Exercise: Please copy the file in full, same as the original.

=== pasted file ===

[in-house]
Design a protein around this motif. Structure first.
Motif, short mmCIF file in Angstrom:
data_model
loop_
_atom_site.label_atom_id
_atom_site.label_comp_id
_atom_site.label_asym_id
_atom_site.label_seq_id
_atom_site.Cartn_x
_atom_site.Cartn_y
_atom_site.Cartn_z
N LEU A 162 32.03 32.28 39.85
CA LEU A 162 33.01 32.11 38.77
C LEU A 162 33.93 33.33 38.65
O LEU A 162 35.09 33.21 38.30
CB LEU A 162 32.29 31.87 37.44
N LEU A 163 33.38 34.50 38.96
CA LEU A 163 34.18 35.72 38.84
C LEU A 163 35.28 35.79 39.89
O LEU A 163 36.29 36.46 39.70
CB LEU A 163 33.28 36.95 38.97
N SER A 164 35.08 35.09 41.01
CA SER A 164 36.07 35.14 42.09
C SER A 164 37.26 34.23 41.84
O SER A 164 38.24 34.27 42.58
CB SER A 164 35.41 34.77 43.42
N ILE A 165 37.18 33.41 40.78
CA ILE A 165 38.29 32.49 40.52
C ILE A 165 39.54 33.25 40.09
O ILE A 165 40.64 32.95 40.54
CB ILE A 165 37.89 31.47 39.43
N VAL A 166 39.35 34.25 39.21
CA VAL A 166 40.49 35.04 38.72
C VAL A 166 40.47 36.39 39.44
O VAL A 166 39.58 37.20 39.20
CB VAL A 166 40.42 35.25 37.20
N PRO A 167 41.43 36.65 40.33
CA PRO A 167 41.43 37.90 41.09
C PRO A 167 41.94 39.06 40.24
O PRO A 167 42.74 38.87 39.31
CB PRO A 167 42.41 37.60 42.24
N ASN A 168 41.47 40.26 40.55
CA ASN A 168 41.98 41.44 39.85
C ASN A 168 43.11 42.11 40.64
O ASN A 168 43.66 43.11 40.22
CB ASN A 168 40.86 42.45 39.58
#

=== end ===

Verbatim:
[in-house]
Design a protein around this motif. Structure first.
Motif, short mmCIF file in Angstrom:
data_model
loop_
_atom_site.label_atom_id
_atom_site.label_comp_id
_atom_site.label_asym_id
_atom_site.label_seq_id
_atom_site.Cartn_x
_atom_site.Cartn_y
_atom_site.Cartn_z
N LEU A 162 32.03 32.28 39.85
CA LEU A 162 33.01 32.11 38.77
C LEU A 162 33.93 33.33 38.65
O LEU A 162 35.09 33.21 38.30
CB LEU A 162 32.29 31.87 37.44
N LEU A 163 33.38 34.50 38.96
CA LEU A 163 34.18 35.72 38.84
C LEU A 163 35.28 35.79 39.89
O LEU A 163 36.29 36.46 39.70
CB LEU A 163 33.28 36.95 38.97
N SER A 164 35.08 35.09 41.01
CA SER A 164 36.07 35.14 42.09
C SER A 164 37.26 34.23 41.84
O SER A 164 38.24 34.27 42.58
CB SER A 164 35.41 34.77 43.42
N ILE A 165 37.18 33.41 40.78
CA ILE A 165 38.29 32.49 40.52
C ILE A 165 39.54 33.25 40.09
O ILE A 165 40.64 32.95 40.54
CB ILE A 165 37.89 31.47 39.43
N VAL A 166 39.35 34.25 39.21
CA VAL A 166 40.49 35.04 38.72
C VAL A 166 40.47 36.39 39.44
O VAL A 166 39.58 37.20 39.20
CB VAL A 166 40.42 35.25 37.20
N PRO A 167 41.43 36.65 40.33
CA PRO A 167 41.43 37.90 41.09
C PRO A 167 41.94 39.06 40.24
O PRO A 167 42.74 38.87 39.31
CB PRO A 167 42.41 37.60 42.24
N ASN A 168 41.47 40.26 40.55
CA ASN A 168 41.98 41.44 39.85
C ASN A 168 43.11 42.11 40.64
O ASN A 168 43.66 43.11 40.22
CB ASN A 168 40.86 42.45 39.58
#